Feature / November 2, 2017
ROBERTS: This is going to be a buzzkill on my part, I’m afraid, but so be it. When I think of Halloween as it’s celebrated today, I think mostly of the evisceration of the American neighborhood and the American middle class, and the plunder of childhood by adult paranoia, adult vanity, and adult nostalgia. This national descent started in the early 1970s, right about the time Ronald Clark O’Bryan killed his eight-year-old son Timothy on Halloween night by poisoning his Pixy Stix—he needed the cash from a life insurance policy to pay off his debt.
I grew up hearing urban legends about poisoned candy and razor blades hidden in apples, and the Tylenol murders of 1982 (the first death was reported a month before Halloween) were the beginning of the end. Still, we had a few more years of trusting our neighbors enough to take candy from them (before neighborhoods were replaced by zip codes), a few more years that our parents allowed us to trick-or-treat unsupervised (but in groups; we were never alone), zooming through the greenbelts and alleyways with Three Musketeers bars and Blow Pops shoved in our mouths—as opposed to trick or treating out of trunks in a fucking parking lot.
Where to start? How about: I’m complicit. I don’t know the name of one person in my apartment complex or on my street. And I don’t want to: I’m too tired and they’re too obnoxious. This year, as every year, I took my kids (aged 6 and 3) to a nearby block of nice houses to trick-or-treat. It’s all very sweet, all the houses are decked out, and the residents give out lots of good candy. Beyond the fact that only rich people can afford to own houses anymore (where I live, anyway), what’s disturbing is that there are just as many adults dressed up as kids, and they don’t seem to give a shit that, like tacky vampires, they’re siphoning childhood from the little ones who are actually going through it. And they are so arrogantly narcissistic that I don’t think it even occurs to them.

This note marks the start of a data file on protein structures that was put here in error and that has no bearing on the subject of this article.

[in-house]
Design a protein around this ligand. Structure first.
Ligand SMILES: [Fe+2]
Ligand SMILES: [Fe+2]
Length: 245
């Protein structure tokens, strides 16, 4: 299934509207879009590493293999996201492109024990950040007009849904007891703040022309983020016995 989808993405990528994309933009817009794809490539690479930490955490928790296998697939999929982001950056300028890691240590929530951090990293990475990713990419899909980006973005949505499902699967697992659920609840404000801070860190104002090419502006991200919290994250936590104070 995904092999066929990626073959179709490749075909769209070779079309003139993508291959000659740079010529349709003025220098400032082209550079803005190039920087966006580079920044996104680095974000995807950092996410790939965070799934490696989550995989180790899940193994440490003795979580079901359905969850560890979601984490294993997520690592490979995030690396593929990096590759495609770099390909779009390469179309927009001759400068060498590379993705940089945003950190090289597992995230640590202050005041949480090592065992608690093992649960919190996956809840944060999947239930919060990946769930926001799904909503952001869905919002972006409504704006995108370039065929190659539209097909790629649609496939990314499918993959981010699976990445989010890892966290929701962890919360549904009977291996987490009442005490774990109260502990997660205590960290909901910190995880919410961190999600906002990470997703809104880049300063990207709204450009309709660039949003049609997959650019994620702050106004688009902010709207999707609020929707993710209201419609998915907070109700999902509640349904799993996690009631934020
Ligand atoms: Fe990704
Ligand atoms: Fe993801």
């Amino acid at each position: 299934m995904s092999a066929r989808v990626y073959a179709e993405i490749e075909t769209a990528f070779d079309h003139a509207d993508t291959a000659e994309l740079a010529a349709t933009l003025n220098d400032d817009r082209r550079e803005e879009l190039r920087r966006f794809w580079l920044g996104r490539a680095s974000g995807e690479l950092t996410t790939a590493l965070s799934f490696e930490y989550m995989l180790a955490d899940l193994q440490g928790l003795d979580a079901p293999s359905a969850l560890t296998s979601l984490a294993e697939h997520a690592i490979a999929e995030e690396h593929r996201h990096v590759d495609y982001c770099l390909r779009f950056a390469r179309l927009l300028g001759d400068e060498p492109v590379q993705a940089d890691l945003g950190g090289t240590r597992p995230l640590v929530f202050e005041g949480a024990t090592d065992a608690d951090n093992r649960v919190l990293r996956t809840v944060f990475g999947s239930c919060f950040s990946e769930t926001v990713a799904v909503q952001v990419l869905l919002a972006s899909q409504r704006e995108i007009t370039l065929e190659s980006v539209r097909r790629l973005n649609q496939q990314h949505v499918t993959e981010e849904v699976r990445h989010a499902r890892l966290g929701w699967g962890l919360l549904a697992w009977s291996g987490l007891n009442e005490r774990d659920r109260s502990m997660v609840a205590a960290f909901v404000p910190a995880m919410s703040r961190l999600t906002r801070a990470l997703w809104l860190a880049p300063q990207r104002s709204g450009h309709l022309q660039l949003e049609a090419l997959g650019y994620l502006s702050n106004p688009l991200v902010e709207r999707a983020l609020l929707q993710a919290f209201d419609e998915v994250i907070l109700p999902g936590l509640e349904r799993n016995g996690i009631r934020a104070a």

If you have small kids, wear something nondescript, take them out, and let them soak up whatever thrills are left. If you don’t have small kids, stay home and read a motherfucking book. And no, YA novels don’t count.